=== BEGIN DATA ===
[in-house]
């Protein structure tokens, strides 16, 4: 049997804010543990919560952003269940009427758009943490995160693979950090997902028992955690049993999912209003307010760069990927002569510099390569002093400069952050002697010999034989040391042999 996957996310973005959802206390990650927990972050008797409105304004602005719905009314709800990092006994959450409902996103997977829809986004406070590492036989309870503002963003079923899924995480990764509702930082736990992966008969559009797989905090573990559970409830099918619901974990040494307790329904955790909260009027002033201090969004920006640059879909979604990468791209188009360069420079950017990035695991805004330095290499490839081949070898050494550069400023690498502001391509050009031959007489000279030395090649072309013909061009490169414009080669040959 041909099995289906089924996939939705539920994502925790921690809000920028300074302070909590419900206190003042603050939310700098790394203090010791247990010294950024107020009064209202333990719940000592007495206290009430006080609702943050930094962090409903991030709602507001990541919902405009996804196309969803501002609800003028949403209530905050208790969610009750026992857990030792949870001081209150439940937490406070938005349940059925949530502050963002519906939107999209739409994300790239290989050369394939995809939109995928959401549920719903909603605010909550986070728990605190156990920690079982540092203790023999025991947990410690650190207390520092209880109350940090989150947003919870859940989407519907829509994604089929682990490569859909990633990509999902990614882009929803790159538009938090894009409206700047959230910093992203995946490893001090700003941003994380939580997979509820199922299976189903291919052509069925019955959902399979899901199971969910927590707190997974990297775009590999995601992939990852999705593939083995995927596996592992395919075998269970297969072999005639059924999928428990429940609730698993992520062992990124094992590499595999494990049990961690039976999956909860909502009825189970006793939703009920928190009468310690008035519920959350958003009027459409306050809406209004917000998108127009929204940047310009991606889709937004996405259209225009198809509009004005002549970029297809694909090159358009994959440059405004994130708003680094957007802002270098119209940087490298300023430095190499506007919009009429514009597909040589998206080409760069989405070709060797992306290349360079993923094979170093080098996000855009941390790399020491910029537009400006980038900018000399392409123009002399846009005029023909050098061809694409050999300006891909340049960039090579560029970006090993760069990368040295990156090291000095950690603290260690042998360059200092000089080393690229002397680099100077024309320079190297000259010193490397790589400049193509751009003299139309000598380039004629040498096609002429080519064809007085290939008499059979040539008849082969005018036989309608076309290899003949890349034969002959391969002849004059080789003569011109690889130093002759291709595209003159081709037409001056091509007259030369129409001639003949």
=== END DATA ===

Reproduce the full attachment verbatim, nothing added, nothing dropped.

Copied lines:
[in-house]
């Protein structure tokens, strides 16, 4: 049997804010543990919560952003269940009427758009943490995160693979950090997902028992955690049993999912209003307010760069990927002569510099390569002093400069952050002697010999034989040391042999 996957996310973005959802206390990650927990972050008797409105304004602005719905009314709800990092006994959450409902996103997977829809986004406070590492036989309870503002963003079923899924995480990764509702930082736990992966008969559009797989905090573990559970409830099918619901974990040494307790329904955790909260009027002033201090969004920006640059879909979604990468791209188009360069420079950017990035695991805004330095290499490839081949070898050494550069400023690498502001391509050009031959007489000279030395090649072309013909061009490169414009080669040959 041909099995289906089924996939939705539920994502925790921690809000920028300074302070909590419900206190003042603050939310700098790394203090010791247990010294950024107020009064209202333990719940000592007495206290009430006080609702943050930094962090409903991030709602507001990541919902405009996804196309969803501002609800003028949403209530905050208790969610009750026992857990030792949870001081209150439940937490406070938005349940059925949530502050963002519906939107999209739409994300790239290989050369394939995809939109995928959401549920719903909603605010909550986070728990605190156990920690079982540092203790023999025991947990410690650190207390520092209880109350940090989150947003919870859940989407519907829509994604089929682990490569859909990633990509999902990614882009929803790159538009938090894009409206700047959230910093992203995946490893001090700003941003994380939580997979509820199922299976189903291919052509069925019955959902399979899901199971969910927590707190997974990297775009590999995601992939990852999705593939083995995927596996592992395919075998269970297969072999005639059924999928428990429940609730698993992520062992990124094992590499595999494990049990961690039976999956909860909502009825189970006793939703009920928190009468310690008035519920959350958003009027459409306050809406209004917000998108127009929204940047310009991606889709937004996405259209225009198809509009004005002549970029297809694909090159358009994959440059405004994130708003680094957007802002270098119209940087490298300023430095190499506007919009009429514009597909040589998206080409760069989405070709060797992306290349360079993923094979170093080098996000855009941390790399020491910029537009400006980038900018000399392409123009002399846009005029023909050098061809694409050999300006891909340049960039090579560029970006090993760069990368040295990156090291000095950690603290260690042998360059200092000089080393690229002397680099100077024309320079190297000259010193490397790589400049193509751009003299139309000598380039004629040498096609002429080519064809007085290939008499059979040539008849082969005018036989309608076309290899003949890349034969002959391969002849004059080789003569011109690889130093002759291709595209003159081709037409001056091509007259030369129409001639003949």